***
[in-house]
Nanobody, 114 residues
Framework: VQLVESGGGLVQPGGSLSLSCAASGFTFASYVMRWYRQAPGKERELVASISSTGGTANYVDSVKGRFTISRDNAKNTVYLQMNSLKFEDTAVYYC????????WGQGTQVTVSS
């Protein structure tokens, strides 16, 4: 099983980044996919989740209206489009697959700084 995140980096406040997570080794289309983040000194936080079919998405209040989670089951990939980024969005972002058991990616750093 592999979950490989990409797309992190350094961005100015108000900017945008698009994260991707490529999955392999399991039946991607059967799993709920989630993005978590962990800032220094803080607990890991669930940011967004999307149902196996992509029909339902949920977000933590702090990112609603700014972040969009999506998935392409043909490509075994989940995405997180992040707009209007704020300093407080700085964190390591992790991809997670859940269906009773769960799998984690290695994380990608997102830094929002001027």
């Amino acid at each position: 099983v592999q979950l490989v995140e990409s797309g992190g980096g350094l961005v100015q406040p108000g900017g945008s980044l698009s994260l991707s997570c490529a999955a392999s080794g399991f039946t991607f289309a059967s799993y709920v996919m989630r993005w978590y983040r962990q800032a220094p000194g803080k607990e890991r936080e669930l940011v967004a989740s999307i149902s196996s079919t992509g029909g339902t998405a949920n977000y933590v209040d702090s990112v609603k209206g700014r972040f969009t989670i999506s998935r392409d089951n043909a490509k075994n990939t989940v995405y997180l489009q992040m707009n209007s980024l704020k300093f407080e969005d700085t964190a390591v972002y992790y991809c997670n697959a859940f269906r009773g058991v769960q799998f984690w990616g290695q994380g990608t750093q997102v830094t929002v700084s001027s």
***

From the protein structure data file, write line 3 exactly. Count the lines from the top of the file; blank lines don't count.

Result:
Framework: VQLVESGGGLVQPGGSLSLSCAASGFTFASYVMRWYRQAPGKERELVASISSTGGTANYVDSVKGRFTISRDNAKNTVYLQMNSLKFEDTAVYYC????????WGQGTQVTVSS